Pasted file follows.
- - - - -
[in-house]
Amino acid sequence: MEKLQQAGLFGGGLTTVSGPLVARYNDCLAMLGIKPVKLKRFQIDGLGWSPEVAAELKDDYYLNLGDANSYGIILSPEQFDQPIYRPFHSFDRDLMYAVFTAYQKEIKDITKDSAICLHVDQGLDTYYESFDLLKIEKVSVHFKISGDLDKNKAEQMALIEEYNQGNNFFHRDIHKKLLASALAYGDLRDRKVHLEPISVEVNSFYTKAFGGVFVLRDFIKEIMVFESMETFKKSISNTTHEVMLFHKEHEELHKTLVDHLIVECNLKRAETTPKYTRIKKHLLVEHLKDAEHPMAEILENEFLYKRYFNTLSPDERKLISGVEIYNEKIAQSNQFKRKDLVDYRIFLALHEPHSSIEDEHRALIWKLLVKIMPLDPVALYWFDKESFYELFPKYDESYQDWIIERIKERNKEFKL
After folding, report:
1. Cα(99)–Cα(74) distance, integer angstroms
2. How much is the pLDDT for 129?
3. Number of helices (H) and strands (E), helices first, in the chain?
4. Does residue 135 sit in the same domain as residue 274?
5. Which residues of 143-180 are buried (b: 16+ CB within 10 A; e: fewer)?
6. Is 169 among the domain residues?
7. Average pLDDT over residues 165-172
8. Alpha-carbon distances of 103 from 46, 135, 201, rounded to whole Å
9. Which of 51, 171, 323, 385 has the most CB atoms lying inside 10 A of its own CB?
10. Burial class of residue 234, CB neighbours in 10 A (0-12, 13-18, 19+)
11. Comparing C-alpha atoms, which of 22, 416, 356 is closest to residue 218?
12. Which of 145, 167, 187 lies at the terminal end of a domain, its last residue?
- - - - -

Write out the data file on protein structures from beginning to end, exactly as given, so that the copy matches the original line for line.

[in-house]
Amino acid sequence: MEKLQQAGLFGGGLTTVSGPLVARYNDCLAMLGIKPVKLKRFQIDGLGWSPEVAAELKDDYYLNLGDANSYGIILSPEQFDQPIYRPFHSFDRDLMYAVFTAYQKEIKDITKDSAICLHVDQGLDTYYESFDLLKIEKVSVHFKISGDLDKNKAEQMALIEEYNQGNNFFHRDIHKKLLASALAYGDLRDRKVHLEPISVEVNSFYTKAFGGVFVLRDFIKEIMVFESMETFKKSISNTTHEVMLFHKEHEELHKTLVDHLIVECNLKRAETTPKYTRIKKHLLVEHLKDAEHPMAEILENEFLYKRYFNTLSPDERKLISGVEIYNEKIAQSNQFKRKDLVDYRIFLALHEPHSSIEDEHRALIWKLLVKIMPLDPVALYWFDKESFYELFPKYDESYQDWIIERIKERNKEFKL
After folding, report:
1. Cα(99)–Cα(74) distance, integer angstroms
2. How much is the pLDDT for 129?
3. Number of helices (H) and strands (E), helices first, in the chain?
4. Does residue 135 sit in the same domain as residue 274?
5. Which residues of 143-180 are buried (b: 16+ CB within 10 A; e: fewer)?
6. Is 169 among the domain residues?
7. Average pLDDT over residues 165-172
8. Alpha-carbon distances of 103 from 46, 135, 201, rounded to whole Å
9. Which of 51, 171, 323, 385 has the most CB atoms lying inside 10 A of its own CB?
10. Burial class of residue 234, CB neighbours in 10 A (0-12, 13-18, 19+)
11. Comparing C-alpha atoms, which of 22, 416, 356 is closest to residue 218?
12. Which of 145, 167, 187 lies at the terminal end of a domain, its last residue?